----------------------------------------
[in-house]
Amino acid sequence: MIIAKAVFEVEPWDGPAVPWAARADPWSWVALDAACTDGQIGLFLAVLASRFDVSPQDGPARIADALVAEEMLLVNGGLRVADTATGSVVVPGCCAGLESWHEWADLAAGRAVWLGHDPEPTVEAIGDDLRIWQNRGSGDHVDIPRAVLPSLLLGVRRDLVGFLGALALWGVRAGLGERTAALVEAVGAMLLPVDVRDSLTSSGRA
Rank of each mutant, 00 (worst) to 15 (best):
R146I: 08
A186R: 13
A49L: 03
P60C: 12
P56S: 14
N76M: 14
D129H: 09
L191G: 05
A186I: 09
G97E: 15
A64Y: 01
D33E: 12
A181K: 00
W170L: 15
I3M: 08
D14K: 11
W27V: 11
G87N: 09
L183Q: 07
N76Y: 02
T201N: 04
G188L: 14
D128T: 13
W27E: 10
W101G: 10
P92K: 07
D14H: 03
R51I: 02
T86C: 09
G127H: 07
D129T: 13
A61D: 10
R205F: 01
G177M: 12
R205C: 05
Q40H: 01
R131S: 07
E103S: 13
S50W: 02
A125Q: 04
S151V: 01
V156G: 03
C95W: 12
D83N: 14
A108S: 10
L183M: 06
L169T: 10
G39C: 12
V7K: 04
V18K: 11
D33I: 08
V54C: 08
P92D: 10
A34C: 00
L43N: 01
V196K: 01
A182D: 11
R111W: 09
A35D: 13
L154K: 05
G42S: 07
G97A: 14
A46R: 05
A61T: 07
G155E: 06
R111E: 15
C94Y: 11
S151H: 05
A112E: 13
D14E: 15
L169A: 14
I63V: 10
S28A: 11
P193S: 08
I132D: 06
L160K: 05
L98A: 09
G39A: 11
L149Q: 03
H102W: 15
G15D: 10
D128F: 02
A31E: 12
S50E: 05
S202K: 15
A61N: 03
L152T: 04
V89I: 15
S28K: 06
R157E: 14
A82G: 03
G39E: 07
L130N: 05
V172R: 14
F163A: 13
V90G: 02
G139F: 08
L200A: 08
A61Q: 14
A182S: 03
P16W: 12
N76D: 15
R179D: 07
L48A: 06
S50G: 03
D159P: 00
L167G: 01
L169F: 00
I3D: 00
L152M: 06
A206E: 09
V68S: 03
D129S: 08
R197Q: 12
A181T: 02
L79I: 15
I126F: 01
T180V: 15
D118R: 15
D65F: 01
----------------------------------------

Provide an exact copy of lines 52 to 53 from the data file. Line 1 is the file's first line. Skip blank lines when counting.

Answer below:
V7K: 04
V18K: 11